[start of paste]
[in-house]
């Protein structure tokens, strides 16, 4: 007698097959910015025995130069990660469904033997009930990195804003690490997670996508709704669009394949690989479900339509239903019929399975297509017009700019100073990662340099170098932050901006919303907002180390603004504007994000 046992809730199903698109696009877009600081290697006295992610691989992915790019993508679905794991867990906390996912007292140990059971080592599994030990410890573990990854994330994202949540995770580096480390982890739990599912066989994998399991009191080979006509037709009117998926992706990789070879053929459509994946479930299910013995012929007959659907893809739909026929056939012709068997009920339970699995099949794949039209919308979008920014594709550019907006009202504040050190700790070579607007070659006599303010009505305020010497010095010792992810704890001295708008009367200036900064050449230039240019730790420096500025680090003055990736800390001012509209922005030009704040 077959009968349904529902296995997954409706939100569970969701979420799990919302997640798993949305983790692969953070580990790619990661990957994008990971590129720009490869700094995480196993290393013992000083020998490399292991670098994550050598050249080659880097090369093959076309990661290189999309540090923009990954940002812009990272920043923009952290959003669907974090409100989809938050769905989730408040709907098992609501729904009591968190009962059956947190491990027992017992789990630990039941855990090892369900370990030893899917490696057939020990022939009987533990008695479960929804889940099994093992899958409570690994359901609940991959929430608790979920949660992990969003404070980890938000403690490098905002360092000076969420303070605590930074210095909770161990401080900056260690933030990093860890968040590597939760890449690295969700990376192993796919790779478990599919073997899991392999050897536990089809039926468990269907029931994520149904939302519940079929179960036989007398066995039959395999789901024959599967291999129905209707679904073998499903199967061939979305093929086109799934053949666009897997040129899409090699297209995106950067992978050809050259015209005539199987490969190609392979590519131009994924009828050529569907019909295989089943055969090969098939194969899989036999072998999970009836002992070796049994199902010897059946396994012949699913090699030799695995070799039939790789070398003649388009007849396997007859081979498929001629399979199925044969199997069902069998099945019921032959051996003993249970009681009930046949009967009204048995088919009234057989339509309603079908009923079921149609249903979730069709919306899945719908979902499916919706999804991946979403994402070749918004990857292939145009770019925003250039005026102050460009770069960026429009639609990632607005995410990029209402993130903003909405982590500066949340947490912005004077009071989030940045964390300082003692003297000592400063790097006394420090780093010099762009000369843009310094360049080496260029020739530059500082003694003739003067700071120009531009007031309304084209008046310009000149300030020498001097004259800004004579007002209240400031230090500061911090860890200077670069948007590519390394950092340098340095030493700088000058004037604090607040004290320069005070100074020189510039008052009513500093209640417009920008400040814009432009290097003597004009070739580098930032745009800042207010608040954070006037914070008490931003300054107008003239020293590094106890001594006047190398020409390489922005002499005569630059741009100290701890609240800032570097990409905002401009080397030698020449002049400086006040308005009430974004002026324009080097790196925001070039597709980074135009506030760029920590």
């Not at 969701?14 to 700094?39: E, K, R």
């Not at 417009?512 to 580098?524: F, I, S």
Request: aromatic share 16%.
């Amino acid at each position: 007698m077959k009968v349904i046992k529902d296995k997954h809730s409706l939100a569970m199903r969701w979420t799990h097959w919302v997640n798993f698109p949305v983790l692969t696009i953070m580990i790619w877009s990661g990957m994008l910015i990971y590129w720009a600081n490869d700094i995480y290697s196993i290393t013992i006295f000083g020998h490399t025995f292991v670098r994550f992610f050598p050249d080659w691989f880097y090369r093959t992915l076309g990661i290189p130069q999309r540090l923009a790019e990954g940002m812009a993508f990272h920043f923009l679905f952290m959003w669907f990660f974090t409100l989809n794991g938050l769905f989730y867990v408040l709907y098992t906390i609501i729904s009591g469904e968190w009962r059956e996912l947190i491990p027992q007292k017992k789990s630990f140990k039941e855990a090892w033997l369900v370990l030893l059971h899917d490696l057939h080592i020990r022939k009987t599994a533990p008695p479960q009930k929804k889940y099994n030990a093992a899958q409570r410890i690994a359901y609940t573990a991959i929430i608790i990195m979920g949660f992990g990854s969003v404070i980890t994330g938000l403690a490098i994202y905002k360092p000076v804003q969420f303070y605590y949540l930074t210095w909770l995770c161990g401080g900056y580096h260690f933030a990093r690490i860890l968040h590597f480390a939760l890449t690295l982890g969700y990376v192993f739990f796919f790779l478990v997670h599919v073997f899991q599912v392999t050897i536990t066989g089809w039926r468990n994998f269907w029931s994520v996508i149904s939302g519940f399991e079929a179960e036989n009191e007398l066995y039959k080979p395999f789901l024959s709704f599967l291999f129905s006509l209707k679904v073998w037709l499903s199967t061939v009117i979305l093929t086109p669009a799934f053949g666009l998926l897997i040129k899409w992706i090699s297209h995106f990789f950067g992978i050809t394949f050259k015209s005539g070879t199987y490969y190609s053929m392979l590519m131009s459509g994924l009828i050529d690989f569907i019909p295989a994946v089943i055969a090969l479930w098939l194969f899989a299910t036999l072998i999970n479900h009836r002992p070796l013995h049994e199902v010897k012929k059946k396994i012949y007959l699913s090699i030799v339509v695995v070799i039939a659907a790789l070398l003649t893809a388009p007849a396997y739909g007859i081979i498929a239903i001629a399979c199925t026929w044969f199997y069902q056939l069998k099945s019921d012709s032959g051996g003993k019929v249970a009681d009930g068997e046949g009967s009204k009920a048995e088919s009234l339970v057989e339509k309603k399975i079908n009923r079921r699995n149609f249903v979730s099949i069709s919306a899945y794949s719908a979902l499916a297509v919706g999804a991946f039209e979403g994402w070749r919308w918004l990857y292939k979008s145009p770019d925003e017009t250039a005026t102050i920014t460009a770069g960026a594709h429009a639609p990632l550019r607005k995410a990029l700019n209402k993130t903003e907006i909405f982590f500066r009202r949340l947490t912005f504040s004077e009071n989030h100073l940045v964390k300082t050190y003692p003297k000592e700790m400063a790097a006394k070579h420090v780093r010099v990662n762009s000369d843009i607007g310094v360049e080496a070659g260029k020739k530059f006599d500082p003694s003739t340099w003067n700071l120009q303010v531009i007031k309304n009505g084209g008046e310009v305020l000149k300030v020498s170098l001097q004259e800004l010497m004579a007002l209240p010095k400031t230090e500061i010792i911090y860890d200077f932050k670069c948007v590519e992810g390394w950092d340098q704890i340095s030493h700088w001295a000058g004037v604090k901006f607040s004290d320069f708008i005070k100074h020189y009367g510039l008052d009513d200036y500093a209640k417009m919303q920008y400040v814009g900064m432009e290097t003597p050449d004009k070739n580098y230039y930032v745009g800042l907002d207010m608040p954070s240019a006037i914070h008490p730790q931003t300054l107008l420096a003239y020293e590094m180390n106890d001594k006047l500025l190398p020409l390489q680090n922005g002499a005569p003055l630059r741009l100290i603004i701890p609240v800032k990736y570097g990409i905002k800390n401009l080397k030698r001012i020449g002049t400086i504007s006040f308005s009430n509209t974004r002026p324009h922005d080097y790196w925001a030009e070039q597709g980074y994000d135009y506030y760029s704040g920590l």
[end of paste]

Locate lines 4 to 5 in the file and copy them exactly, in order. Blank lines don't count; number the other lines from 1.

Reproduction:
């Not at 417009?512 to 580098?524: F, I, S």
Request: aromatic share 16%.